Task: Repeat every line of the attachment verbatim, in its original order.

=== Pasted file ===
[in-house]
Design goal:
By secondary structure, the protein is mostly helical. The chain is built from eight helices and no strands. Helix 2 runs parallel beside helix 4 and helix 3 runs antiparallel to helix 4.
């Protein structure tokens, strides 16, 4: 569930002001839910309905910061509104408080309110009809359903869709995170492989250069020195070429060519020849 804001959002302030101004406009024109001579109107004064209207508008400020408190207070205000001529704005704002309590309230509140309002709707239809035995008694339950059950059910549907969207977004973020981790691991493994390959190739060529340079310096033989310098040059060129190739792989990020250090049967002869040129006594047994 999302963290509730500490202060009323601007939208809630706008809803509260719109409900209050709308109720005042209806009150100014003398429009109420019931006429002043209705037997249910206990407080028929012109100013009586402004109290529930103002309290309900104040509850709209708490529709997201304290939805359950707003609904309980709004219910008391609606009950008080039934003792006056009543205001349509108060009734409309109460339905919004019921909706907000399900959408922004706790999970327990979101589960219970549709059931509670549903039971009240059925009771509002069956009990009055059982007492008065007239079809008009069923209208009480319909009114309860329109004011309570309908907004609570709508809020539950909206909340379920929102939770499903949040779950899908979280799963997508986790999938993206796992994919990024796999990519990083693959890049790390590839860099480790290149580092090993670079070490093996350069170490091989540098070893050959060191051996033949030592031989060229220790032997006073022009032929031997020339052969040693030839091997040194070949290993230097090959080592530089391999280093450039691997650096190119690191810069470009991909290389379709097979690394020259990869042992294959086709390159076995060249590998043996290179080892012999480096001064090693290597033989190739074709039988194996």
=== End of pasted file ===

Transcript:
[in-house]
Design goal:
By secondary structure, the protein is mostly helical. The chain is built from eight helices and no strands. Helix 2 runs parallel beside helix 4 and helix 3 runs antiparallel to helix 4.
């Protein structure tokens, strides 16, 4: 569930002001839910309905910061509104408080309110009809359903869709995170492989250069020195070429060519020849 804001959002302030101004406009024109001579109107004064209207508008400020408190207070205000001529704005704002309590309230509140309002709707239809035995008694339950059950059910549907969207977004973020981790691991493994390959190739060529340079310096033989310098040059060129190739792989990020250090049967002869040129006594047994 999302963290509730500490202060009323601007939208809630706008809803509260719109409900209050709308109720005042209806009150100014003398429009109420019931006429002043209705037997249910206990407080028929012109100013009586402004109290529930103002309290309900104040509850709209708490529709997201304290939805359950707003609904309980709004219910008391609606009950008080039934003792006056009543205001349509108060009734409309109460339905919004019921909706907000399900959408922004706790999970327990979101589960219970549709059931509670549903039971009240059925009771509002069956009990009055059982007492008065007239079809008009069923209208009480319909009114309860329109004011309570309908907004609570709508809020539950909206909340379920929102939770499903949040779950899908979280799963997508986790999938993206796992994919990024796999990519990083693959890049790390590839860099480790290149580092090993670079070490093996350069170490091989540098070893050959060191051996033949030592031989060229220790032997006073022009032929031997020339052969040693030839091997040194070949290993230097090959080592530089391999280093450039691997650096190119690191810069470009991909290389379709097979690394020259990869042992294959086709390159076995060249590998043996290179080892012999480096001064090693290597033989190739074709039988194996």